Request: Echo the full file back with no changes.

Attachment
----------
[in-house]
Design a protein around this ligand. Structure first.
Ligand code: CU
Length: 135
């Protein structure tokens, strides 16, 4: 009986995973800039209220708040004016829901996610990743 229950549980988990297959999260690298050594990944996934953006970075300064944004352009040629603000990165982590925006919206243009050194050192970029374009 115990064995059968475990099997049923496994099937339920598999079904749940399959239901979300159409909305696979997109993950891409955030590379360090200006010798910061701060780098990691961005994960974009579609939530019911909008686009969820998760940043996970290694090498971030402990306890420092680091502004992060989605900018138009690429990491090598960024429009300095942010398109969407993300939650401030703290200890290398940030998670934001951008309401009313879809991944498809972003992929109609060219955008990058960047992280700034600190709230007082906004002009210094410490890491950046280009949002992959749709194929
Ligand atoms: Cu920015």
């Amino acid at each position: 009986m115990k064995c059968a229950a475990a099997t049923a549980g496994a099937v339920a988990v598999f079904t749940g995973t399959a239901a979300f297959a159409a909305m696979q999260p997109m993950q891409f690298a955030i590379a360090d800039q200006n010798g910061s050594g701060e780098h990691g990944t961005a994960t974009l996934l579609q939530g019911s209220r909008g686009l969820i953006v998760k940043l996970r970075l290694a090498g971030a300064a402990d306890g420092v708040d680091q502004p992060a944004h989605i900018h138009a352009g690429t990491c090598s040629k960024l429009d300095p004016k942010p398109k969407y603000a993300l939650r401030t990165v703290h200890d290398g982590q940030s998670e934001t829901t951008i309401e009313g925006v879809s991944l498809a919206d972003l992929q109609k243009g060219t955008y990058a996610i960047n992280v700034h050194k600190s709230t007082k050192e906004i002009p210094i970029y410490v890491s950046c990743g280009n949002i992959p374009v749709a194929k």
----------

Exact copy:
[in-house]
Design a protein around this ligand. Structure first.
Ligand code: CU
Length: 135
């Protein structure tokens, strides 16, 4: 009986995973800039209220708040004016829901996610990743 229950549980988990297959999260690298050594990944996934953006970075300064944004352009040629603000990165982590925006919206243009050194050192970029374009 115990064995059968475990099997049923496994099937339920598999079904749940399959239901979300159409909305696979997109993950891409955030590379360090200006010798910061701060780098990691961005994960974009579609939530019911909008686009969820998760940043996970290694090498971030402990306890420092680091502004992060989605900018138009690429990491090598960024429009300095942010398109969407993300939650401030703290200890290398940030998670934001951008309401009313879809991944498809972003992929109609060219955008990058960047992280700034600190709230007082906004002009210094410490890491950046280009949002992959749709194929
Ligand atoms: Cu920015």
């Amino acid at each position: 009986m115990k064995c059968a229950a475990a099997t049923a549980g496994a099937v339920a988990v598999f079904t749940g995973t399959a239901a979300f297959a159409a909305m696979q999260p997109m993950q891409f690298a955030i590379a360090d800039q200006n010798g910061s050594g701060e780098h990691g990944t961005a994960t974009l996934l579609q939530g019911s209220r909008g686009l969820i953006v998760k940043l996970r970075l290694a090498g971030a300064a402990d306890g420092v708040d680091q502004p992060a944004h989605i900018h138009a352009g690429t990491c090598s040629k960024l429009d300095p004016k942010p398109k969407y603000a993300l939650r401030t990165v703290h200890d290398g982590q940030s998670e934001t829901t951008i309401e009313g925006v879809s991944l498809a919206d972003l992929q109609k243009g060219t955008y990058a996610i960047n992280v700034h050194k600190s709230t007082k050192e906004i002009p210094i970029y410490v890491s950046c990743g280009n949002i992959p374009v749709a194929k």